Downgrade, Chinamasa tells struggling banks

HARARE - Finance minister Patrick Chinamasa has urged indigenous banks to comply with the central bank’s minimum capital requirements or face downgrading to micro finance institutions.

“If you say that you have found yourself in the top league and you clearly don’t qualify, please go back to the league you qualify before we disqualify you,” he told Parliament’s Finance and Economic Development portfolio committee on Monday.

“We can’t all be the same size, even as businesses and also even as financial institutions. But if you are in the third league you must not play the game of the premier league,” the Treasury chief said.

He added that authorities created an option for the establishment of deposit-taking micro finance institutions to accommodate banks that are not adequately capitalised. “…go to the level where you belong.

“Obviously, we are in a situation where players are already in the field. I did ask the Reserve Bank of Zimbabwe (RBZ) to go easy on enforcing capital adequacy ratios, but what this means is that at the end of the day you must know your capital levels,” Chinamasa said.

“For example, if you are a five million-dollar bank, there are prudential requirements that you lend eight times your capital level.

This means you should not lend more than $40 million. If you do that, you get into trouble and my first instinct is to protect depositors, not the banker,” he said.

Of the 18 banks operating in Zimbabwe, five are foreign-owned.

According to reports, four banks hold 60 percent of the approximately $4,7 billion deposits in the system.

But, with Zimbabwe’s economy faltering, some banks have closed, weighed down by indiscriminate lending and failure to raise new capital to cover loan losses.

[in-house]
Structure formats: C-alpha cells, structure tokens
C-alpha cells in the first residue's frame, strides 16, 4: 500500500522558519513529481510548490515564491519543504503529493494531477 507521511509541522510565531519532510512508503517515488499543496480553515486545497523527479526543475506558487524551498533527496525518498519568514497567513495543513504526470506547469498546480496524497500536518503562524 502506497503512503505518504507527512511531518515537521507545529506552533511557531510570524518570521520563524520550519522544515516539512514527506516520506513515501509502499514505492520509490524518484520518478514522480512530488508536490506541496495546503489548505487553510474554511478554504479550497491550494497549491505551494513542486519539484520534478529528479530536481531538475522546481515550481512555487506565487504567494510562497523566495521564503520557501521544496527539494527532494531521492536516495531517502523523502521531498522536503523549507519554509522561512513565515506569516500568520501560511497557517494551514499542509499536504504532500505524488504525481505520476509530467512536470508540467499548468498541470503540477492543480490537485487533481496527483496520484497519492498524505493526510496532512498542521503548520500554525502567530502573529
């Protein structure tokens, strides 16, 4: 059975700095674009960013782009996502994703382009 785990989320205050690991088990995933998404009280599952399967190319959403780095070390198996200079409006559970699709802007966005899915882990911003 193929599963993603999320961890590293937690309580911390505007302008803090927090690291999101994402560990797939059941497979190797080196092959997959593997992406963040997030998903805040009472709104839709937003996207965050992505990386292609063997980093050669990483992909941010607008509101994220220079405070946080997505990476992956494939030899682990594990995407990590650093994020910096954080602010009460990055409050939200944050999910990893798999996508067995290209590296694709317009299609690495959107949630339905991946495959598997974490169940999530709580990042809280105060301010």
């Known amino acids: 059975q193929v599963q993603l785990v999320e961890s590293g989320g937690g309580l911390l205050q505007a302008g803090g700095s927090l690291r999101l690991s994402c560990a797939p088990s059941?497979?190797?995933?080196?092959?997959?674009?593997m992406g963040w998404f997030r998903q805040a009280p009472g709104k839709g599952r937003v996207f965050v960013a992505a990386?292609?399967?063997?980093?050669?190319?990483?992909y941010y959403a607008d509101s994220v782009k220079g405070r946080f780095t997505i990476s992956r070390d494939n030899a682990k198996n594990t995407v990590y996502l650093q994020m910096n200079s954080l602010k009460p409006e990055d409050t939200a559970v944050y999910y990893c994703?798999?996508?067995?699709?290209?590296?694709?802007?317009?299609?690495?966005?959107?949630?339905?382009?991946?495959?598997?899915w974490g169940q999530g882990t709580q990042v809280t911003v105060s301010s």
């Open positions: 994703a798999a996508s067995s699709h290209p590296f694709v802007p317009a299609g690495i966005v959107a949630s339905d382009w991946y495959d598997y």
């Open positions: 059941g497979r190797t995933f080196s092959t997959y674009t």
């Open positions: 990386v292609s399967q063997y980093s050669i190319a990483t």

Chinamasa noted that government was clear on the need to have strong and adequately capitalised indigenous banks to spur economic development.

“Those who have the opportunity to do so must be sound managers.

“They must not take short cuts, because in doing so they will undermine the whole effort towards indigenisation,” he said.

This comes as central bank governor John Mangudya early this month hinted that the RBZ might review the $100 million minimum capital requirements for banks.

The central bank chief early this month told Parliament that the strength of Zimbabwe’s financial institutions “should be judged on the quality of their asset books”.

“I don’t believe that the one-size-fits-all model will work with our banks.

“We should be able to benchmark minimum capital requirements depending on the size of the bank’s balance sheet,” he said.

“What we should be emphasising on is the quality of asset books for banks, because it does not make sense for a bank to have $100 million minimum capital… yet it has high non-performing loans,” said Mangudya.

This comes as the central bank early this year extended the banks’ capital requirements to June 2020 in an effort to allow local and small banks to comply.

Nonetheless, many of Zimbabwe’s small indigenous banks are struggling to raise the money and have resorted to seeking foreign capital.

However, Mangudya noted that despite about five banks being undercapitalised, the country’s banking sector remains safe and sound.

“When you have four or five banks that are struggling and carry about five percent of the total deposits, then we can conclude that the sector is strong because we have other banks that carry 95 percent of the total deposits that are doing well,” he said.

Mangudya, a former CBZ Holdings chief executive, said the central bank was working on plans to minimise the effect of non-performing loans (NPLs), which are currently around 16 percent of total deposits.

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